by Dr. Jenn Brenner, Teddy Kyomuhangi and Ayah Muftah, Healthy Child Uganda

An HCU Overview

Healthy Child Uganda (HCU) is a partnership between Mbarara University of Science and Technology, Canadian universities, and the Canadian Paediatric Society. HCU works together with national and district health planners, health providers, community leaders, and community members to develop, implement, and evaluate initiatives that strengthen health systems and improve health for mothers, babies, and children.

HCU aims to improve maternal and child health in districts in rural southwest Uganda through strengthening health leadership and health systems, supporting training and infrastructure at health facilities, and through engaging communities, including through support of a large (5000+ member network) of volunteer Community Health Workers (CHWs).During the time spent in the different locations in Uganda, the team has been able to assist and help many in finding housing, providing resources and materials, and helping children with special needs.

What is the Special Child Program?

In addition to its main activities, HCU oversees a small ‘Special Child Program’ which provides modest financial and social support to children who are identified by community health workers to have special needs which cannot immediately be managed by their families and communities. The program arose over a decade ago, when it was realized that HCU field staff were pooling their own monies to help community health workers help these children when overwhelming challenges arose. Today, small donations are accepted from Uganda and from Canada to support the ‘Special Child Program’.

How Does the Program Work?

When a problem is identified that cannot be addressed by the CHW, family and community leaders alone, they will meet together with HCU team representatives and prepare an action plan for the child. Special Child Program funds may support initial material needs such as medical treatment (i.e. medicines, supplies, transport), rehabilitation, and nutritional supplementation. Based at Mbarara University (co-located with the Regional Referral Hospital), the HCU team often assists in coordinating medical consultation and seeking advice for family and community caregivers. The community, family and CHW are expected to contribute to ensuring social supports, accompanying children for treatment, and housing any children who are abandoned or neglected. The CHW makes regular visits for follow up and mobilizes as an advocate for the child within the community. Over the past ten years, the program has been a tremendous success, helping hundreds of special needs children. The program has exemplified how community really can come together to change the life of a child.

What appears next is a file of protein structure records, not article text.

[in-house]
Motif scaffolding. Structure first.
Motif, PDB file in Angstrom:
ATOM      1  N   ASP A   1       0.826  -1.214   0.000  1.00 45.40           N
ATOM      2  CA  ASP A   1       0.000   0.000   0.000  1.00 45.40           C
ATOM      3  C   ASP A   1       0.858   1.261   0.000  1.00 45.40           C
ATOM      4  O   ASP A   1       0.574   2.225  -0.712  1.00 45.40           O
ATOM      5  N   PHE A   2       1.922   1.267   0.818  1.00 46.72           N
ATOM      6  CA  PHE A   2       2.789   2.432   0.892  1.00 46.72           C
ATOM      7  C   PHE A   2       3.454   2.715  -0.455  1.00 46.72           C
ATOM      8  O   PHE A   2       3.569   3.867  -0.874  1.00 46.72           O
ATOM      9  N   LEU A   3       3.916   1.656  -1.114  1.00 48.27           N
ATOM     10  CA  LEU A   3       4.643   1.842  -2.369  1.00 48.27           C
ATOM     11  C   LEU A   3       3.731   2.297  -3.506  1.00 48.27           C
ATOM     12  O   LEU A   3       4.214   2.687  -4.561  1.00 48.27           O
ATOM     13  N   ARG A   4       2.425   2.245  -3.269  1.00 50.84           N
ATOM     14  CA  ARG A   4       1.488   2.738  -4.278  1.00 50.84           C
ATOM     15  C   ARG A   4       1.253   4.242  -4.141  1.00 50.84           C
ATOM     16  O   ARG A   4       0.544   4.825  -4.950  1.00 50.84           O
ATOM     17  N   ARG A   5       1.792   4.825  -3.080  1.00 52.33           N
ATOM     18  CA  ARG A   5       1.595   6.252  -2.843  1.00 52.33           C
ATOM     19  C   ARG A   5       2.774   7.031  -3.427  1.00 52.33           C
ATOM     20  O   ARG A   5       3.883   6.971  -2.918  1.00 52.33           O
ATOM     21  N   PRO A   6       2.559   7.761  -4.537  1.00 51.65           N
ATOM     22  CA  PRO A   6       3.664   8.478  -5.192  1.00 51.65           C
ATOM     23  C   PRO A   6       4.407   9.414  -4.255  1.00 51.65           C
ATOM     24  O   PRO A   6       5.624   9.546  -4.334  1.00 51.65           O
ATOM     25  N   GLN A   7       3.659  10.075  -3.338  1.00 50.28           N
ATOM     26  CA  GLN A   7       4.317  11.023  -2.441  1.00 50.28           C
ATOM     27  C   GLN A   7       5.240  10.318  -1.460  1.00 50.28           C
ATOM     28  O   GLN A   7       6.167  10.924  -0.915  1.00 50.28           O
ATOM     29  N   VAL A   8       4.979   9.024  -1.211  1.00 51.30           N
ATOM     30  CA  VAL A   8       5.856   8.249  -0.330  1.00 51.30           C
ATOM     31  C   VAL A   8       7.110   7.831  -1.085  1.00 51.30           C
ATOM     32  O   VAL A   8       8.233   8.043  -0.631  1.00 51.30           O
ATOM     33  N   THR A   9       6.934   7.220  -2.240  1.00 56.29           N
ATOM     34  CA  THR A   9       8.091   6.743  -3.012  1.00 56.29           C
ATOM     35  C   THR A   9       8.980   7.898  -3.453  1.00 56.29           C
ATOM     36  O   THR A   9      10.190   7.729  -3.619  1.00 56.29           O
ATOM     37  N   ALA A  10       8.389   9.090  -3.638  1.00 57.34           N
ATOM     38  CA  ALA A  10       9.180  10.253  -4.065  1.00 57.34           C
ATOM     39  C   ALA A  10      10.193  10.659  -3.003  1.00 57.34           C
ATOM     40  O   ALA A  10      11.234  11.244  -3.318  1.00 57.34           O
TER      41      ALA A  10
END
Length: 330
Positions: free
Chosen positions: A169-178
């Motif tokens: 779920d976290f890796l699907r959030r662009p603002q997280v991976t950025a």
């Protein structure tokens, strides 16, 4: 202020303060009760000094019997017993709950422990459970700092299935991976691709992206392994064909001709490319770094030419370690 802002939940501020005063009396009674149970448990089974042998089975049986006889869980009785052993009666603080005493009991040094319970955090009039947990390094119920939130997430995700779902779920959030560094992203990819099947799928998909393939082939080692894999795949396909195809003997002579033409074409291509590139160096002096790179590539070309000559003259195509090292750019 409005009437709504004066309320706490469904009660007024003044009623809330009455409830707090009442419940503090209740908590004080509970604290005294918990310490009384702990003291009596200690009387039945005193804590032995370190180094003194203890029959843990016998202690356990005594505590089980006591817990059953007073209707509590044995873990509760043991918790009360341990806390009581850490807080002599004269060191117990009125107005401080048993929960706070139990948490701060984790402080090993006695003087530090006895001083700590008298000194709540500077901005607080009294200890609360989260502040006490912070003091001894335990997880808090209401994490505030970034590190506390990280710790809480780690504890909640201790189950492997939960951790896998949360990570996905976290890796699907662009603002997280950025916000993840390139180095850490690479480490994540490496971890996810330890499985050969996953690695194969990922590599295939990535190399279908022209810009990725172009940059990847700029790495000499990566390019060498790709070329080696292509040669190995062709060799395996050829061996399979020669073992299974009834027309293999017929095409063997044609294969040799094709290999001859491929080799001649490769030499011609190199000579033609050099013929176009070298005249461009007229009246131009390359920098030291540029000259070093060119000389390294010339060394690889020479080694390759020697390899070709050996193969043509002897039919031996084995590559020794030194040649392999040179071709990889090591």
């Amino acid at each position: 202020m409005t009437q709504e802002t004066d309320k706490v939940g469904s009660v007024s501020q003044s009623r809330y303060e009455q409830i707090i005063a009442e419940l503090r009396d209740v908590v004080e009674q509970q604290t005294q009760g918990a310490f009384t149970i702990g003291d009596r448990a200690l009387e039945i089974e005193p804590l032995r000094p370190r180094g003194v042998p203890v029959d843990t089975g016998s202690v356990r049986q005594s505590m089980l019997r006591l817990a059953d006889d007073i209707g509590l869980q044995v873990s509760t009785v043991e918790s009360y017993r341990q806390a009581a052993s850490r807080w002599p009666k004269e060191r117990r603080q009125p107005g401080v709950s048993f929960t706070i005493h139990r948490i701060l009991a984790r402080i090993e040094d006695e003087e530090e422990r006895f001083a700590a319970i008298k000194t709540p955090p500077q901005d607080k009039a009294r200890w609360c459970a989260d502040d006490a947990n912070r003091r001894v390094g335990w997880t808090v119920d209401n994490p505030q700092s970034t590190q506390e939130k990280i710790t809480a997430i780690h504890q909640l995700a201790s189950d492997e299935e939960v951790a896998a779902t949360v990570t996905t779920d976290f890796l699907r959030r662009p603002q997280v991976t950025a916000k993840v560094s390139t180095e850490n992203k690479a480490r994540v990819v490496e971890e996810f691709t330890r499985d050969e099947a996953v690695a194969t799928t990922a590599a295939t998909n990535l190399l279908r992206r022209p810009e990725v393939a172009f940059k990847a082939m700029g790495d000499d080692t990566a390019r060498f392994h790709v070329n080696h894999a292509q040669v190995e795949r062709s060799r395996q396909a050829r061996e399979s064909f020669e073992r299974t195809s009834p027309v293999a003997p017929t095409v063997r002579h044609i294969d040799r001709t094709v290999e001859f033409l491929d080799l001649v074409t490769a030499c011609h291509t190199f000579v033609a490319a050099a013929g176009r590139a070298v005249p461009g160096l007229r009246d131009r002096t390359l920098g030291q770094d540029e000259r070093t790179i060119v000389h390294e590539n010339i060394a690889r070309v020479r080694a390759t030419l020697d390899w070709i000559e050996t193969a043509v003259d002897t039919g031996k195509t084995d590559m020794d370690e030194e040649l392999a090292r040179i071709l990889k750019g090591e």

Samari, a Special Child

Samari, a 15-year-old girl, is one of many success stories. Samari is described as “an ever-smiling girl”. Growing up and beginning at a young age, Samari had some physical challenges; she found it difficult to sit, stand, and walk. Following the death of Samari’s mother when Samari was just five years old, her grandmother took care of her and tried to find a treatment for her motor development problems.

Samari was identified to the HCU team by the community health worker from her village. The HCU team helped to connect her to a physiotherapist and a wheelchair to support her mobility. The Special Child fund also supported transport and meals for Samari and her grandmother to undergo specialized care and therapy in the city. The wheelchair for Samari was the beginning of her healing process. Getting out of her home and accessing further physiotherapy led to physical breakthrough. Soon, she began to straighten up and even start to walk! Now mobile, Samari was able to go to school and learn with the rest of the kids. She is now on course to complete school and aspires to be a teacher for all children, including those with special needs.

The Special Child Program has many success stories of special needs children who have been lifted from a difficult life situation as Samari was. Their needs have included severe malnutrition, club foot, hydrocephalus, spina bifida, hearing and visual impairment, child maltreatment, and abandonment. Each story is unique, however, what has been common is the willingness of communities, community health workers and families and extended families to support these children through difficult times.

The HCU team is committed to improve health for mothers, babies, and children in Uganda. HCU projects and programs have made important contributions towards saving lives in Mbarara, Bushenyi, Rubirizi, and Ntungamo districts in Southwest Uganda. HCU highlights include promoting healthy communities, strengthening health services, developing pilot and scale-up model programs, and measuring results.

However, for many on the HCU team, it is the ‘Special Children’ who are recalled most fondly and provide inspiration for daily work in public health and in aspects of health system strengthening that are not always easily tangible. HCU is grateful for the Canadian donors who have made the Special Child Program possible.

For further information please visit www.healthychilduganda.org

Authors: 

Dr. Jenn Brenner, Healthy Child Uganda, Co-Director
Teddy Kyomuhangi, Healthy Child Uganda, Programme Manager 
Ayah Muftah, Student Intern